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The Curious case of GST Council and the Indian Federalism

GST Counsil and Indian Federalism

A federal State derives its existence from the Constitution, just as a corporation derives its existence from the grant by which it is created. Hence every power, executive, legislative or judicial, whether it belong to the nation or to the individual States, is subordinate to and controlled by the Constitution.[1]

In my previous article on GST [2], I have given an overview of what GST actually is and what are its probable effects on Indian tax regime. In this article I am going to concentrate on how GST will affect the very foundation of Indian Constitution, the federal tax structure. Federal structure in taxation means both the States and the Centre have the power to tax the goods & services that are in their jurisdiction. The GST as will be explained further is enshrined with some provisions that will affect the fiscal autonomy of the States. For understanding the GST effect on federal structure, we have to first understand the GST Council.

GST Council

With One Hundred and First Constitutional Amendment Act, 2016, Article 279(A) was inserted which talks about the GST Council. This council has to be instituted with 60 days after the amendment with the recommendation of the President.[3] The GST Council shall consist of the Union Finance Minister, who will be the Chairperson, and the Union Minister of State in charge of Revenue and Minister in charge of Finance or Taxation or any minister nominated by the State government would constitute the members and the States will choose among themselves one minister who would be the Vice-Chairperson.

Now the problem with GST council is that it is the ultimate authority that will recommend to the States and the Union of the tax to be imposed on the goods & services. It will recommend that States, Centre and even the local bodies about how much taxes, cesses and surcharges would be levied by them. And also it reserve the right to decide the date on which GST be levied on petroleum crude, high speed diesel, motor spirit, natural gas and aviation turbine fuel. While previously up to some extent the States reserved the right to levy surcharges and taxes on petroleum and petroleum related products, but after this measure the States revenue from this sector would be completely wiped out. Also many States used to impose higher taxes on tobacco and tobacco related products, and that constitute a prominent part of their State revenue, but under GST act this subject has been kept under consideration and GST Council will decide later how much tax should be imposed.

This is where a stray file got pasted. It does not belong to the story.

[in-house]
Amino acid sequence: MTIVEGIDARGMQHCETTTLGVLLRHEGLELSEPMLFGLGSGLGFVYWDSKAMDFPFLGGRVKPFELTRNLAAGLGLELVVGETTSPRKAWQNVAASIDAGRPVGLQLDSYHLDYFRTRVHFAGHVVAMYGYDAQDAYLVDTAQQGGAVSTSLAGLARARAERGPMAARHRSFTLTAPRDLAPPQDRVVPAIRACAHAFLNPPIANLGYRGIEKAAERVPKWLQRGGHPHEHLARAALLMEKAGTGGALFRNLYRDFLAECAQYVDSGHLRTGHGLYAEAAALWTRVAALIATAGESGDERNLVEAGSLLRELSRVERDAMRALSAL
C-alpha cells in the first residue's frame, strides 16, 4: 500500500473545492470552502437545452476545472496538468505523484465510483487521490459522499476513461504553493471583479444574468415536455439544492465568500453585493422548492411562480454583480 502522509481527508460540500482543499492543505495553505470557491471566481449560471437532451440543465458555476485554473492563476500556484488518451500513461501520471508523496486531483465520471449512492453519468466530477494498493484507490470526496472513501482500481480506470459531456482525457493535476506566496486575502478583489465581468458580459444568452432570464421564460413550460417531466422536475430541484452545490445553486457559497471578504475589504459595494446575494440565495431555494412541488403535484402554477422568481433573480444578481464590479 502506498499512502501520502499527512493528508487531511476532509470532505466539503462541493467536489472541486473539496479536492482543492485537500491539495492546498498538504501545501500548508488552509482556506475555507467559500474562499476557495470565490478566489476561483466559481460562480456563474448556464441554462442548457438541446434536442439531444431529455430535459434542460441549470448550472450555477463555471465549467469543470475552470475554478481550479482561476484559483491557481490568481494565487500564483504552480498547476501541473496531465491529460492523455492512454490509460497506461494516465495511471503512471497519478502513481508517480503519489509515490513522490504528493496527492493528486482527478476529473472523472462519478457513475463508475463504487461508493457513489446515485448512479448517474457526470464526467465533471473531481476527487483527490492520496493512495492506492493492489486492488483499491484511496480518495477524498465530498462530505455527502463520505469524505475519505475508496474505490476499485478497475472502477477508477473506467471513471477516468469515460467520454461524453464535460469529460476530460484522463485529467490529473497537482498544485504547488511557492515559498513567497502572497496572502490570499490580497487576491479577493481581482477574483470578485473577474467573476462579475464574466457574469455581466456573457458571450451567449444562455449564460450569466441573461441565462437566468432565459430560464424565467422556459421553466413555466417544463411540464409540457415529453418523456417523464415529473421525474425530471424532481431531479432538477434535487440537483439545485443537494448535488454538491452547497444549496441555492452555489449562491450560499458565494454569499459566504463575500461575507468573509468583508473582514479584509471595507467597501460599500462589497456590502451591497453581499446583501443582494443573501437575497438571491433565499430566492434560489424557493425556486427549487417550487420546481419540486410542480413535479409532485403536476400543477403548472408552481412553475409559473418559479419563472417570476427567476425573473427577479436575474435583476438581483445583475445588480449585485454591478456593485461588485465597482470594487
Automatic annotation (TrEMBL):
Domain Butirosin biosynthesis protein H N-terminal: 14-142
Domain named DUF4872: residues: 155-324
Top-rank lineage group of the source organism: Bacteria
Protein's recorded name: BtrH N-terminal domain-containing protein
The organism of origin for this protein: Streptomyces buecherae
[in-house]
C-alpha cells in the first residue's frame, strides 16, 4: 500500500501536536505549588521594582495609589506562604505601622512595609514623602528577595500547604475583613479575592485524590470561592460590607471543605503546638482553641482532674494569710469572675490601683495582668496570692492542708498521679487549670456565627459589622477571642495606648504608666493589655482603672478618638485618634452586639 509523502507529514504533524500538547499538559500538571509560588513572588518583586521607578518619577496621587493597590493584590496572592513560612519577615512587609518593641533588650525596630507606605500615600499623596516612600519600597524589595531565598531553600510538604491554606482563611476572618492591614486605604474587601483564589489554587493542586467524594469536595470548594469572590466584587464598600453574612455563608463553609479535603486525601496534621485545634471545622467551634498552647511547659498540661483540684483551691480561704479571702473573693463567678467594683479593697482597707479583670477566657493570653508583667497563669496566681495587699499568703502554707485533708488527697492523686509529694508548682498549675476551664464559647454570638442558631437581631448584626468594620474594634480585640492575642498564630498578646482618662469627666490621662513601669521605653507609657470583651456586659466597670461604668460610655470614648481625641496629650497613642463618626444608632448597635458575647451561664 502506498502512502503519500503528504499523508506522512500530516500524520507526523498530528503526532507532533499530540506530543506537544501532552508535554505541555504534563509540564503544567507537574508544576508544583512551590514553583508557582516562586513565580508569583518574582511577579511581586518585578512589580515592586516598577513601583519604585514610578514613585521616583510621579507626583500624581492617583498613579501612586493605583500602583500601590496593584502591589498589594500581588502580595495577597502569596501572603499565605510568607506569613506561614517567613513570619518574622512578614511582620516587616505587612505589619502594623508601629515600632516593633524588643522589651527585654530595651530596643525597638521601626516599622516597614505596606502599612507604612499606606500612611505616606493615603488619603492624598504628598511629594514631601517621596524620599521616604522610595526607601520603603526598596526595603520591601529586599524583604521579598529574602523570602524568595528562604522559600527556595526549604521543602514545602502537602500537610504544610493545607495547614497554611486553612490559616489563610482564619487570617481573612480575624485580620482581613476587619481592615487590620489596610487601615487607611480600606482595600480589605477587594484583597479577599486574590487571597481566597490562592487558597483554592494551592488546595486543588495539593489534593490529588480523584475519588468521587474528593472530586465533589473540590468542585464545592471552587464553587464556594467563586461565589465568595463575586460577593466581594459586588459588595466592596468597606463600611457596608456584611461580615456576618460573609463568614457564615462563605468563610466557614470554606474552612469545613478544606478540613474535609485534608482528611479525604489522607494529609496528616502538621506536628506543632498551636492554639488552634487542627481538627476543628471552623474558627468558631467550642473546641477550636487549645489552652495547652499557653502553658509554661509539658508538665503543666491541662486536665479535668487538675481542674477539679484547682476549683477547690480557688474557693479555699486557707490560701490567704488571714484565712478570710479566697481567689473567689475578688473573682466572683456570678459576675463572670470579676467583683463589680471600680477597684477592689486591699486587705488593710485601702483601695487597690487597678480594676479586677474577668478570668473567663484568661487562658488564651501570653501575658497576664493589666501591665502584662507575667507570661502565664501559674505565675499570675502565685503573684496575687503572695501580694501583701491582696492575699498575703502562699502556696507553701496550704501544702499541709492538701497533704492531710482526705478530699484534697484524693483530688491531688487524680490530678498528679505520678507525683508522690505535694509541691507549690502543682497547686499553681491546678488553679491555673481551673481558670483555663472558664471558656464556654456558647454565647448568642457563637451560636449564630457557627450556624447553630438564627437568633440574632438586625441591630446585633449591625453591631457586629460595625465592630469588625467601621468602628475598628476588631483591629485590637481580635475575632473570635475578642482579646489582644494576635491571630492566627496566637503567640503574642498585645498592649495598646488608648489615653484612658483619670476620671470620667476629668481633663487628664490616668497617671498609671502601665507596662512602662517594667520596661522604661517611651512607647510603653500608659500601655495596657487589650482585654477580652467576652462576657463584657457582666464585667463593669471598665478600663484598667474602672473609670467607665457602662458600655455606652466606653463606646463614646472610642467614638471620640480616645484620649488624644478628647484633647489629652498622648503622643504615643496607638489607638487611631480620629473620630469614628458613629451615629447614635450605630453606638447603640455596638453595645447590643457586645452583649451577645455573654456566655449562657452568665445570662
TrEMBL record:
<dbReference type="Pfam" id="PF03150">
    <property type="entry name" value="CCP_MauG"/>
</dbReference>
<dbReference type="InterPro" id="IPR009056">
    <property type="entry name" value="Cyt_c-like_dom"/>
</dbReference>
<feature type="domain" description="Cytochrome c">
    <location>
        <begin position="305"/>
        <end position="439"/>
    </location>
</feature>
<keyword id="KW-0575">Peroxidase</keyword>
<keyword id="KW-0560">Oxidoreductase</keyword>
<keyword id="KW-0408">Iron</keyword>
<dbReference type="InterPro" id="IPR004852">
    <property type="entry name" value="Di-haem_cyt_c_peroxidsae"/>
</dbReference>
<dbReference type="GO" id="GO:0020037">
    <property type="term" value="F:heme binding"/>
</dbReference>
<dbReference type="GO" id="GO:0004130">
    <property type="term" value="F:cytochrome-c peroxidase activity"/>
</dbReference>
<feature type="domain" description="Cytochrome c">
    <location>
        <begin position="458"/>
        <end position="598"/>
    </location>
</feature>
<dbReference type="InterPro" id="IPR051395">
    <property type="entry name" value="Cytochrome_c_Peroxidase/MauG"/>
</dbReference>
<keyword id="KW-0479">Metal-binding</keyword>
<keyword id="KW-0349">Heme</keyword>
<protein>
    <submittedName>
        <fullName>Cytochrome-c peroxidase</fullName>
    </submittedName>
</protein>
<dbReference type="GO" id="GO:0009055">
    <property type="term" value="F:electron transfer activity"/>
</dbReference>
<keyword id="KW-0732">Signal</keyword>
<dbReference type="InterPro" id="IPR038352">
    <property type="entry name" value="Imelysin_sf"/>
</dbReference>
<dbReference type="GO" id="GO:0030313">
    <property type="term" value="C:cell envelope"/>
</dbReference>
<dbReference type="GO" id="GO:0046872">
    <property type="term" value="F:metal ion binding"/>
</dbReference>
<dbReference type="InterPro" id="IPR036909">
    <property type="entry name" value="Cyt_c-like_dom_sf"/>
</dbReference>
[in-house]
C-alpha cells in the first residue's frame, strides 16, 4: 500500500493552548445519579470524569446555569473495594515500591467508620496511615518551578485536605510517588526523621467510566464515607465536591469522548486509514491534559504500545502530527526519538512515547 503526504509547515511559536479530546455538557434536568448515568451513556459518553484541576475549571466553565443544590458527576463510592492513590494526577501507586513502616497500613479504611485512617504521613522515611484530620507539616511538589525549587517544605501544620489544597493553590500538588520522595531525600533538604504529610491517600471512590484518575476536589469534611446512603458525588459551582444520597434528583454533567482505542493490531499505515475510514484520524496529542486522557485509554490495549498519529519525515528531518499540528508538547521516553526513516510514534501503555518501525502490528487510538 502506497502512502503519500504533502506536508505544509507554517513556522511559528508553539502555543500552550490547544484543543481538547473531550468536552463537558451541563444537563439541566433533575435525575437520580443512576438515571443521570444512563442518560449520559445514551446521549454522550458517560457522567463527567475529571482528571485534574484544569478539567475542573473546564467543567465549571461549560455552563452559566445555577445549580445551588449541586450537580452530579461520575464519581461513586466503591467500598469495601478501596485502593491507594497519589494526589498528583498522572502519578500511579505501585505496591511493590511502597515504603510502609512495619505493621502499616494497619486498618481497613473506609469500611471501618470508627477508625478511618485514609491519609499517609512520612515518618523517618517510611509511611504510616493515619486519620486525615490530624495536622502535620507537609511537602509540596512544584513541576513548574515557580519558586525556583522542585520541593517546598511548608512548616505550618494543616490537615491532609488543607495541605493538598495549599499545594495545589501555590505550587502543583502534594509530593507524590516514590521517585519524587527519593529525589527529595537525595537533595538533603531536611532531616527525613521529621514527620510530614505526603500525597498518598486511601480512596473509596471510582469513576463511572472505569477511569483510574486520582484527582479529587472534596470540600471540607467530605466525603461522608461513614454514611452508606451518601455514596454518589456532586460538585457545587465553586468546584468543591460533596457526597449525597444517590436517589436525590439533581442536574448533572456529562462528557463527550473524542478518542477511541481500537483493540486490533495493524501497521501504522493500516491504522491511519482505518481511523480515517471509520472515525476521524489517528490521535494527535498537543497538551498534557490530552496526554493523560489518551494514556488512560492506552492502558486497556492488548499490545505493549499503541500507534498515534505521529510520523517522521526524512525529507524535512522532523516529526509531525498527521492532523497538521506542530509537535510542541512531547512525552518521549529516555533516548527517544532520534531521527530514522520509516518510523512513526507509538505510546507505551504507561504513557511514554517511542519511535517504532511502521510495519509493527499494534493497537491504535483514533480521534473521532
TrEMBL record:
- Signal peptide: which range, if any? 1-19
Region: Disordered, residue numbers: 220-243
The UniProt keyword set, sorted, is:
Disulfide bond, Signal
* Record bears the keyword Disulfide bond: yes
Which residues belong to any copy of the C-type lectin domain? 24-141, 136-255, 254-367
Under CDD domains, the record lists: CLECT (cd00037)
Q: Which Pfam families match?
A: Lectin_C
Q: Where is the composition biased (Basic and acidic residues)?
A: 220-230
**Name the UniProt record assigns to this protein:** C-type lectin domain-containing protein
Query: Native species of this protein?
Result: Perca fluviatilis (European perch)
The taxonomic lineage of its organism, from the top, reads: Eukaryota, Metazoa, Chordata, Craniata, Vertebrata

As we already know GST is a destination based tax, so the manufacturing States will be allowed to charge additional levy in case of inter-state trade, which have been kept very limited in the present case. Also whatever taxes that are levied in case of inter-state trade will go directly in consolidating fund, no distribution of taxes will be there between the Centre and the States.

Every Decision made during the meeting should be supported by at least 75 percent majority of the weighted votes of the members who are present and voting at the meeting. In “Article 279A” a principle is there which divides the total weighted vote cast between Central Government and State Government :-

(i) The vote of Central Government shall have the weighted of one-third of the total votes

(ii) The votes of State Government shall have the weighted of two third of the total votes, cast in the meeting.

So, if the Centre anyhow manages to get the votes of 6-7 States it can change or introduce a new tax on whatever goods & services it wants to. And also the GST Council will establish a mechanism to adjudicate any dispute between the Govt. Of India and one or more States or between the Govt of India and any States on one side and one or more others States on the other side; or between two or more States.

Now you can understand the relevance of the quotation up above by A.V.Dicey. The GST Council will somehow effect the financial federal structure of India.
[1] Law of the Constitution by A.V. Dicey p. 144.
[2]GST: India’s approach to One Nation, One Tax
[3] Art 279(A)(1), Indian Constitution.

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